There needs to be an alternative financial incentive to encourage preservation and reforestation of land.

This is where blockchain comes in and why I believe blockchain is the catalyst to forest transformation.

Once all the information about a forest has been digitised, that data can be tokenised to allow forest owners to raise money through selling forest tokens to investors, including the general public.

At a high level, tokenisation as a concept is taking a real-world asset, in this case a forest, and turning it into a financial product (a digital asset) which forest owners can sell through a digital finance platform, such as Mozaic Markets. Same as a security or share, for example.

Once you have created a digital twin of your forest, it can be fragmented into thousands of small tokens which can be sold to small investors. A process called fractional ownership.

This would generate a brand-new income for forest owners. But more importantly, a new financial incentive and alternative to cutting down the trees to release land for other commercial use.

5. Create a new mechanism for the public to invest in forests

After watching David Attenborough’s ground-breaking A Life on Our Planet documentary, many people will have been galvanised to seek out ways they can help save our forests. But what choices are available to them today?

Some will have rushed to donate money to charities focused on planting trees. All worthy causes. But once they have made that donation, there is no proof that the tree they donated money to be planted, has been planted. Nor how that tree is nurtured, from say acorn to sapling to great oak. Nor do we know if the right tree has been planted for a particular habitat.

Another way people could help is by buying part of a forest as an investment. But that is near impossible today for the average person. And then what would they do with the trees they bought if they did? They probably don’t want to become forest rangers. They just want to help save the planet and stop deforestation.

Blockchain has the ability to introduce a fast and easy way for ANYONE to invest in a forest.

Blockchain would allow the EU to create a financial mechanism to facilitate a way for its 446 million citizens to invest in forests with forest owners responsible for managing them. Choosing which individual forest they want to support.

Not to mention the many global investors seeking opportunities to support ESG initiatives too.

As well as reducing the barriers to entry by creating a new and affordable way to invest in forests, blockchain would bring in a new level of transparency and trust around forest data. Enabling investors, large and small, to carry out sophisticated cross-border due diligence on a forest. All from their desktop or mobile device. And in real-time, with all the records they need accessible in one portal.

Everything they need at the touch of a button.

This is game-changing for cross-border investment. Especially for small EU countries who might be struggling to access international inward investment.

6. Raise money to fund scientific research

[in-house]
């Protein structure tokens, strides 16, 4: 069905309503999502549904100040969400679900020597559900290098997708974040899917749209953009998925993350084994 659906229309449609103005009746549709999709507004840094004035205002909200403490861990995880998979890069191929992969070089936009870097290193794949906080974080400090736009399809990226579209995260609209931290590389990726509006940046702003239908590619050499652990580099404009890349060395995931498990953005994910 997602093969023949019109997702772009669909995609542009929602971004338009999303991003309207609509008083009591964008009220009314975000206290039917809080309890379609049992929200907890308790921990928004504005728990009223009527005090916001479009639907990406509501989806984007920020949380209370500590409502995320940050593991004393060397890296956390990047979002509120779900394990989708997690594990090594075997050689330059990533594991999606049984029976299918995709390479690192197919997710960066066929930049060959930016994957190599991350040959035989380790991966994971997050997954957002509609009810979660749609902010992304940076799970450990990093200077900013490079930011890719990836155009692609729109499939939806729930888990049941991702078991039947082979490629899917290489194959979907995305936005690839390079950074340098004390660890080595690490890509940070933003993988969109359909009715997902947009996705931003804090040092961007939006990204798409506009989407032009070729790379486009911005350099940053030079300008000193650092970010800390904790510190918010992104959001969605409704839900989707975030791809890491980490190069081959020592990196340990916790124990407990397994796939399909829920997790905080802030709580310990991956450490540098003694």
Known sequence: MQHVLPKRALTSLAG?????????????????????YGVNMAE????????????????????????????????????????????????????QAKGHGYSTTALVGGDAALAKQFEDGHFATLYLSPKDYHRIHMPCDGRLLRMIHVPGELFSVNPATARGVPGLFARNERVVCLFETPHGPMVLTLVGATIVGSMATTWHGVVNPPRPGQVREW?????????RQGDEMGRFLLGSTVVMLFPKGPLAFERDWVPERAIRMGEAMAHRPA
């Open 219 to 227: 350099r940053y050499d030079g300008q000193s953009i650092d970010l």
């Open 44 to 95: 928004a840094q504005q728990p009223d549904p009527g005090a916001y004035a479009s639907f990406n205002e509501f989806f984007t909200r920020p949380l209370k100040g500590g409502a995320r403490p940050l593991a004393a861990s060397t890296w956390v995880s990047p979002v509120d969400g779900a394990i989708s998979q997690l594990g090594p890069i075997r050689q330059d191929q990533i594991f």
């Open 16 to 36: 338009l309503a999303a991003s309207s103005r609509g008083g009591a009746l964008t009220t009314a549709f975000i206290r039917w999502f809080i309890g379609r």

Scientific forest research needs funding, but there are many different initiatives competing for access to the same government purse. With the coronavirus pandemic adding to this existing strain even further.

By digitising and tokenising Europe’s forests, pressure on EU and domestic budgets could be eased with the public being able to choose to support forest research initiatives through buying tokens in individual forests.

With forest data accessible through a private, permissioned blockchain, investors in forest tokens would have full transparency over not just the performance of the forest they have invested in.

They could also make tactical investments through buying tokens which allow for investment into research and development measures that enhance forest resilience and adaption to climate change. Choosing to forgo their token returns and reinvesting them back into forest research and science-based forestry practices.

Accordingly, forest tokenisation unlocks an exciting new way for the EU to fund environmental research.

Creation of a European Forest Union

Forestry and environmental sustainability are a cross-border issue. It requires collaboration. It requires courage too as uniting 27 countries will require a lot of faith, persistence and intense diplomacy.

On the one hand, one can argue EU member states have an obligation to create a European Forest Union. They have signed up to a target of climate neutrality by 2050.

They understand that trees are an important mechanism to achieving this target. And in order to ensure efficiency, cost effectiveness and measure progress, having one unified platform is a logical move. Particularly when a blockchain-based platform would enable strict data privacy and protection for countries on a national level too.

On the other hand, there are also opportunities for advancing the EU’s digital agenda too. Establishing technologies and processes that serve new markets, thereby creating new digital jobs and economic prosperity.

It’s a win-win for both the EU’s green and digital economies.

It won’t be easy, but it needs to be taken seriously as a smarter and greener use of digital technologies is key for making Europe climate-neutral by 2050.

The EU needs to invest in blockchain and digitise its forests.

Digitising forests is not as complicated and expensive as you might think. If you are a forest owner and would like to learn how to digitise your forest, email talk@2030.io

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IMPORTANT INFORMATION
This article is comprised of personal opinions and ideas to facilitate debate. It is not intended as a recommendation to buy or sell any particular asset class, security or strategy, nor does it guarantee or predict future performance. The content should not be construed as containing any type of investment advice and/or a solicitation for any transactions. 2030 Group does not guarantee the accuracy, validity, timeliness or completeness of any information or data made available and assume no liability for any loss arising from any investment based on the same. All investment decisions must be based only on the most up to date legal offering documents.